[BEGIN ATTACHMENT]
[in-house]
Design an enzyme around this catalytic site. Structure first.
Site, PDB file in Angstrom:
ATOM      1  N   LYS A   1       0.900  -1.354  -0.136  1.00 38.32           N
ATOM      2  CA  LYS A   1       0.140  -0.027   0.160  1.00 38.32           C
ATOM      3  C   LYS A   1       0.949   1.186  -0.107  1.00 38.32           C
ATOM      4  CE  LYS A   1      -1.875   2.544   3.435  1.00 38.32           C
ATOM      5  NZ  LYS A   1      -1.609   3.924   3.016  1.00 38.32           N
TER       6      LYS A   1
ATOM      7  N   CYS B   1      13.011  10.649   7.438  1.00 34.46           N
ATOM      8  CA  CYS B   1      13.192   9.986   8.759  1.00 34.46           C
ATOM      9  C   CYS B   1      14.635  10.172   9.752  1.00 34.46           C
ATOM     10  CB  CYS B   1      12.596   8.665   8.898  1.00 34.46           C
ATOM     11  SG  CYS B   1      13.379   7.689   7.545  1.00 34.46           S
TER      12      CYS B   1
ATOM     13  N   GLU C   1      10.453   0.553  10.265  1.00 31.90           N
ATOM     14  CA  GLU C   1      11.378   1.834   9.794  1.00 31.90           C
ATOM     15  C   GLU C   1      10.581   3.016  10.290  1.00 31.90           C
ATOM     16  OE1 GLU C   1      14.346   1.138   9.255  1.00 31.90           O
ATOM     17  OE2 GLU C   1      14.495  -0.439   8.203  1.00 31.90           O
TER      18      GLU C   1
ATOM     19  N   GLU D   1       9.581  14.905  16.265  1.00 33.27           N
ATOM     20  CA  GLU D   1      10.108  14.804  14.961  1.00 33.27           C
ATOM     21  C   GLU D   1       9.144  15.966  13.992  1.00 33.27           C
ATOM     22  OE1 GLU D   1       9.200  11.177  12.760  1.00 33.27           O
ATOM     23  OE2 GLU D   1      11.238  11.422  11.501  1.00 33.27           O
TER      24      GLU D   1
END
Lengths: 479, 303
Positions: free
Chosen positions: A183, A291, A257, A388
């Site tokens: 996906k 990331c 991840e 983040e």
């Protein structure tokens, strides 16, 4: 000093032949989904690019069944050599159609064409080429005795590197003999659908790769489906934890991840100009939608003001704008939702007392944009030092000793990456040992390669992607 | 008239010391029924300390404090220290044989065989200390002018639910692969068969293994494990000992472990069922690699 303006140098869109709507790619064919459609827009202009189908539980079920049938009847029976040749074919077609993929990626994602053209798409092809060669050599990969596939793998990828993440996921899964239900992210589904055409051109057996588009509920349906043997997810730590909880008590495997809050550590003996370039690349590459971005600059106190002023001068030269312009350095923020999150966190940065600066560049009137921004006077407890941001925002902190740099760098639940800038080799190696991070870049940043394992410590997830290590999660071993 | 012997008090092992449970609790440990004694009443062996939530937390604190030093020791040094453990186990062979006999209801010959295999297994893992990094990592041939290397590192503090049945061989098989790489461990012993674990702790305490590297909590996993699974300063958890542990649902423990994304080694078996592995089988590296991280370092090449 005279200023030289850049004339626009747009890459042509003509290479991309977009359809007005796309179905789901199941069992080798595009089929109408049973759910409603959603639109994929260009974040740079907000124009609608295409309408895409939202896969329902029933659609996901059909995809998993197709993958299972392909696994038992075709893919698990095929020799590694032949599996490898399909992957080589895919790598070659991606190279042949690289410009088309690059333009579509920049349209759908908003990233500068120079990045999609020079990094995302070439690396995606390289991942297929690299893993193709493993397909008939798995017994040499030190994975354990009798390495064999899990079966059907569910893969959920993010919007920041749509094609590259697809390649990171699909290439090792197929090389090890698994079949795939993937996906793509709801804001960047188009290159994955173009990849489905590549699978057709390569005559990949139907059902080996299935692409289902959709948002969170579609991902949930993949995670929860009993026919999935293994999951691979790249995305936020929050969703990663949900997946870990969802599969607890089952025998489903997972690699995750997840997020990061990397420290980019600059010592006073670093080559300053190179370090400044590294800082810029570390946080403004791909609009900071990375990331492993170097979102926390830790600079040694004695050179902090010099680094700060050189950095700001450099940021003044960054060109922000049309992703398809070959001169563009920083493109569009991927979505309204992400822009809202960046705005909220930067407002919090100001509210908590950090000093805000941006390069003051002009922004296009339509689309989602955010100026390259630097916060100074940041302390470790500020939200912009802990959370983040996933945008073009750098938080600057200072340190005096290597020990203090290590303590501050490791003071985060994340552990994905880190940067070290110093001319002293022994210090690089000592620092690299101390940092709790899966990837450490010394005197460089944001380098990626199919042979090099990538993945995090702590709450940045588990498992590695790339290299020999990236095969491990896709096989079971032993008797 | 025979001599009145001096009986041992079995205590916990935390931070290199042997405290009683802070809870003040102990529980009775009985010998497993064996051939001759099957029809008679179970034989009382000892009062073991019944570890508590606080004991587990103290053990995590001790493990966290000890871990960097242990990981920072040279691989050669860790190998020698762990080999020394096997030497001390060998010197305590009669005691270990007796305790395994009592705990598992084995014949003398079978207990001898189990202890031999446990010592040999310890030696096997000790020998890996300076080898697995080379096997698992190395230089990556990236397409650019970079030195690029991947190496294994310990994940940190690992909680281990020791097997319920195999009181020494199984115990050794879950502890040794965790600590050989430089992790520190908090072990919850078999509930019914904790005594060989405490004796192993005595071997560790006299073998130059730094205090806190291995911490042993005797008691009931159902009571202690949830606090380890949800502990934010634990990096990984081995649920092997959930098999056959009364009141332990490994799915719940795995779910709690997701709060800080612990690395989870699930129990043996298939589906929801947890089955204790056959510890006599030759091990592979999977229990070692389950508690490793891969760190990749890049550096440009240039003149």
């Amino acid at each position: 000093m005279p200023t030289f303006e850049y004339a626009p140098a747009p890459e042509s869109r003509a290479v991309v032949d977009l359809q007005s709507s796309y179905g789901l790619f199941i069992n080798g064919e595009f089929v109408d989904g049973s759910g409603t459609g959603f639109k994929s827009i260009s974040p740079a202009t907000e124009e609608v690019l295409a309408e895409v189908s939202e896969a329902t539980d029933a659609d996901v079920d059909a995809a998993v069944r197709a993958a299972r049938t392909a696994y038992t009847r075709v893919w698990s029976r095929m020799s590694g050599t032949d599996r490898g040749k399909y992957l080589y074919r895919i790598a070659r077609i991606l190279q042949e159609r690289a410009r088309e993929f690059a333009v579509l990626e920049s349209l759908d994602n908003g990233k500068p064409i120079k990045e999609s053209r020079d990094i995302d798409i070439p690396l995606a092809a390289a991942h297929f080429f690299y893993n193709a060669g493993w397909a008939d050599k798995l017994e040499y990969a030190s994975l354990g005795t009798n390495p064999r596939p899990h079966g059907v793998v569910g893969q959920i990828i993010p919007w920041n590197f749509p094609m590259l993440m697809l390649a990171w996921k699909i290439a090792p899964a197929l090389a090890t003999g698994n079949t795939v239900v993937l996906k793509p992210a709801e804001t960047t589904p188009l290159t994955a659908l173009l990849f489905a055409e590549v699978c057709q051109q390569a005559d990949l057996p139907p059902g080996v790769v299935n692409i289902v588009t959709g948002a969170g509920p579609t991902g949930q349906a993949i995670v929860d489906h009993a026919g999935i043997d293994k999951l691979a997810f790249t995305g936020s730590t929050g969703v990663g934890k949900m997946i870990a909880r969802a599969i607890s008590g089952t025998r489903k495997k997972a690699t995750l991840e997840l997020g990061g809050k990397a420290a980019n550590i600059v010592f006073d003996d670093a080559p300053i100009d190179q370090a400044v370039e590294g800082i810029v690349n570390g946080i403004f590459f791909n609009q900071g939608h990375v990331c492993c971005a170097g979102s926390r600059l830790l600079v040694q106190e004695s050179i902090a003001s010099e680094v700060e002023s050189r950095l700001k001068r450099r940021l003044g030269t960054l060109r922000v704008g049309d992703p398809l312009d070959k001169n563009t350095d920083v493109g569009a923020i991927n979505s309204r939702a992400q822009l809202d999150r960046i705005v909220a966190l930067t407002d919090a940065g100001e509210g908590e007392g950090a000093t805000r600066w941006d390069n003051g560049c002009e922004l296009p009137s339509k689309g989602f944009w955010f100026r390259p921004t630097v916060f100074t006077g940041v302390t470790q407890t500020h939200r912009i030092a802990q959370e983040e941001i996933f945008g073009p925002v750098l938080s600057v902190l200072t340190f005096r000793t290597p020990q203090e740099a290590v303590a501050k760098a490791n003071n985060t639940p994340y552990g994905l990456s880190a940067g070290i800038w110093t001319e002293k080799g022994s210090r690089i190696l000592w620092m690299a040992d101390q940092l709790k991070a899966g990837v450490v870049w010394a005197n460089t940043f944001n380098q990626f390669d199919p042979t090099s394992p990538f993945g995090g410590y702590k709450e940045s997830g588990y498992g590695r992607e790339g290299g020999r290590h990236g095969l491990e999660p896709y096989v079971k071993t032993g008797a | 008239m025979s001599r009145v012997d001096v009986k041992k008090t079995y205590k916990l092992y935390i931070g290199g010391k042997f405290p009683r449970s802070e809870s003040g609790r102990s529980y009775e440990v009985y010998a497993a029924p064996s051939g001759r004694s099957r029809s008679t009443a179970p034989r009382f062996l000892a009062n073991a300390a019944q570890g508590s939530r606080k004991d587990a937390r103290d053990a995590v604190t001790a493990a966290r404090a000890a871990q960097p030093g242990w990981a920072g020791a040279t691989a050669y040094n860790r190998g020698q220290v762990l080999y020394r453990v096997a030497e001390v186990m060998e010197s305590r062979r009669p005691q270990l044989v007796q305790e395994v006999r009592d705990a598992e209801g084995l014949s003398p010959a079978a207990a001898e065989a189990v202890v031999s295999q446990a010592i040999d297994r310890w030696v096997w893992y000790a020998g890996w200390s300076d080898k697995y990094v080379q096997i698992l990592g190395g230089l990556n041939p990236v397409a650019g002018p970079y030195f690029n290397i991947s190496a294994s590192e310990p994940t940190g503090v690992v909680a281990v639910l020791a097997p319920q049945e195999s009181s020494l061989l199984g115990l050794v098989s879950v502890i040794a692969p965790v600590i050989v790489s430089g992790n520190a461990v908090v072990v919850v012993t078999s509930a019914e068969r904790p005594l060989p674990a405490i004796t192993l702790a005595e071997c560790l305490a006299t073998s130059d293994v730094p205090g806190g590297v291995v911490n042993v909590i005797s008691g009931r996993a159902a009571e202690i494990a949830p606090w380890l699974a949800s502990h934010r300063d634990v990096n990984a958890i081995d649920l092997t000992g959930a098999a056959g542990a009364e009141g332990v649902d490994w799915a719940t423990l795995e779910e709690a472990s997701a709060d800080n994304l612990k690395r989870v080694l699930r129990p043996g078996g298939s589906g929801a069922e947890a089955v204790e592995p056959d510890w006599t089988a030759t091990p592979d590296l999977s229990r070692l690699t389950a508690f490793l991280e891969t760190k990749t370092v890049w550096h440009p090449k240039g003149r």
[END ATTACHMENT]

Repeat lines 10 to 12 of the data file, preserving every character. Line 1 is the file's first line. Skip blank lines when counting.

ATOM      7  N   CYS B   1      13.011  10.649   7.438  1.00 34.46           N
ATOM      8  CA  CYS B   1      13.192   9.986   8.759  1.00 34.46           C
ATOM      9  C   CYS B   1      14.635  10.172   9.752  1.00 34.46           C